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El Reloj - El Reloj II [Aka: Al Borde del Abismo, or Segundo Album] CD (album) cover


El Reloj


Eclectic Prog

4.11 | 45 ratings

From, the ultimate progressive rock music website

Special Collaborator
Symphonic Prog Specialist
4 stars The iconic Argentinean band EL RELOJ had been playing for over 5 years, they already had personnel changes, one dead member and were only able to release one previous album called "El Reloj". Despite this circumstances they managed to get a very large fan base not only in Argentina but also in all South America and mainly in Perú, something I witnessed.

This fan base was mostly interested in a Hard Rock approach close to a blend between Deep Purple and Uriah Heep with a slight touch of the Symphonic Argentinean personality and their debut album was a compilation of all this years recordings.

But it was time for a change, but not of name because their second release had exactly the same name as the previous "El Reloj", that's why it's known as "II", "Al Borde del Abismo" or "Segundo Album", but the style surely changed, they became a heavy Symphonic band, keeping the influence of the first release that gained so many fans but at the same time they went for a more challenging sound with a certain approach to King Crimson's first two albums and a bit of Italian Symphonic School.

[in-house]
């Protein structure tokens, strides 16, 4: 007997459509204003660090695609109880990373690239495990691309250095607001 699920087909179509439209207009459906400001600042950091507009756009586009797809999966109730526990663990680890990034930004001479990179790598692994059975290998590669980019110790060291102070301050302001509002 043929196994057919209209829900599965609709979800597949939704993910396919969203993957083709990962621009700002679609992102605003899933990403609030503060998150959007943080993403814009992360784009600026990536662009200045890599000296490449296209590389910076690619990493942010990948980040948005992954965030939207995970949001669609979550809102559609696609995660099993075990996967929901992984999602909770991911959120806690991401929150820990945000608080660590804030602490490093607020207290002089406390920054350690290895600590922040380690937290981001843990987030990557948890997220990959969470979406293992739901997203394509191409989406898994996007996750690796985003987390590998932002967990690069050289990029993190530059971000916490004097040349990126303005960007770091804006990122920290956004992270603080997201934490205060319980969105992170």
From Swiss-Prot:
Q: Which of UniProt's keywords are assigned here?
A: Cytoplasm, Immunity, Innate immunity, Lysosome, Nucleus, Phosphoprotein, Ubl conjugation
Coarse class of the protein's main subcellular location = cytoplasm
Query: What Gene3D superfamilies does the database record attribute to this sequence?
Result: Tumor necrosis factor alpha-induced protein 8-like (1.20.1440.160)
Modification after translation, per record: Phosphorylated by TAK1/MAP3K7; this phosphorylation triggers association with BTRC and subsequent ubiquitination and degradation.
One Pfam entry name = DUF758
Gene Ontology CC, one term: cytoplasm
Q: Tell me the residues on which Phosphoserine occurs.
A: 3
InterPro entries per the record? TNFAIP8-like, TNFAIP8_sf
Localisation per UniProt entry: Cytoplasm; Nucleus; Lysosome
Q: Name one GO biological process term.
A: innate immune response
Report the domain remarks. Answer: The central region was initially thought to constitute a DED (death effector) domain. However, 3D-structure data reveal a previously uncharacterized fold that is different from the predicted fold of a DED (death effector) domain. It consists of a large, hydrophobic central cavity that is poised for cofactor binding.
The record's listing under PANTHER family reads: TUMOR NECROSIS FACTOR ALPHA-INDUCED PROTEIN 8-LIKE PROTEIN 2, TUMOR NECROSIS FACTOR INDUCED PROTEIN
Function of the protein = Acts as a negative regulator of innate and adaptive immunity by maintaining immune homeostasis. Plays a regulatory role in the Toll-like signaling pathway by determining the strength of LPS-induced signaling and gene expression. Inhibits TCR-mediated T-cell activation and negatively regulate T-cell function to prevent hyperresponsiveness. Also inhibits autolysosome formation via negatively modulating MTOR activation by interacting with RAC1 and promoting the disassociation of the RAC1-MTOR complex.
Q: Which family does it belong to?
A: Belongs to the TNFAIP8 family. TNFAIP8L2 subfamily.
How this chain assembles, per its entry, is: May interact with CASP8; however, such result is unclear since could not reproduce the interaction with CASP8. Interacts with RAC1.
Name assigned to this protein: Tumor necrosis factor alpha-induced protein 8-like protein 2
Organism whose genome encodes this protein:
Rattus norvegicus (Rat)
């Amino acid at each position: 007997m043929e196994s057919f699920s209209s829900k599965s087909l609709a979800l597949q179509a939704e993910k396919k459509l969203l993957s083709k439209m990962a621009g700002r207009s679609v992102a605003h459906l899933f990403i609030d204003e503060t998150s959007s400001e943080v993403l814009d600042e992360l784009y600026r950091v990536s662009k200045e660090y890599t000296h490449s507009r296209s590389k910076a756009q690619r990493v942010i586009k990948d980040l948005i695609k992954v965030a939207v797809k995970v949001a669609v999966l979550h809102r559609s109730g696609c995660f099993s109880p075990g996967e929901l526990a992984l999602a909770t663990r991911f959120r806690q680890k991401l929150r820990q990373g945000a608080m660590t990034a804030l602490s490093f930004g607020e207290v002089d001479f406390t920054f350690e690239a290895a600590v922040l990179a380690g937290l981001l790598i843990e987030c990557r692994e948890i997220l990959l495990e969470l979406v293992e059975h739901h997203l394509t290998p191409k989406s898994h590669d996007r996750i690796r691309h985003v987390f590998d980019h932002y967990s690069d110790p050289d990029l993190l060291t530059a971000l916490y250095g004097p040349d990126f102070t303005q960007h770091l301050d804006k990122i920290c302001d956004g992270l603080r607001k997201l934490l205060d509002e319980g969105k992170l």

They took the risk of loosing all the popularity they earned through the years so they kept alive the original rough atmosphere and the result was excellent for the band, they became more popular than ever, I would dare to say that "El Reloj II" is probably the grandfather of Latin American Prog Metal and at the same time a Symphonic album.

The songs that describe best this collision of styles are:

"Al Borde del Abismo" (The album is also known by the name of this song which was a successful single prior to the LP Release), still with a clear Purple influence but this time with dramatic changes all along the track, making clear reference to King Crimson, the guitar tandem of Willy Gardi and Osvaldo Zabala is simply outstanding specially for the rhythm guitar often powered by a strong rhythm section and David Byron influenced vocals.

"La Ciudad Desconocida": A dramatic Symphonic Power Ballad very close to Italian School but still with some remembrances to Deep Purple, the vocals sound better than ever showing some similarities with songs like "July Morning" or even "Stairway to Heaven"

Another single "Harto y Confundido" also made it's path to the LP but two other excellent ones "Camino al Estucofen" and "El Hombre y el Perro" released after the first LP were not included in the original release for reasons I ignore, mistake that has been repaired in the remastered edition.

If you love Latin American Prog and want to know the evolution from Heavy Rock to Symphonic Prog in one album, you must get El Reloj II ( "Al Borde del Abismo" "Second Album" or however you want to call it) because it's a great addition for any Proghead and essential for any Argentinean Prog fan.

Four solid stars for a very solid album.

Ivan_Melgar_M | 4/5 |


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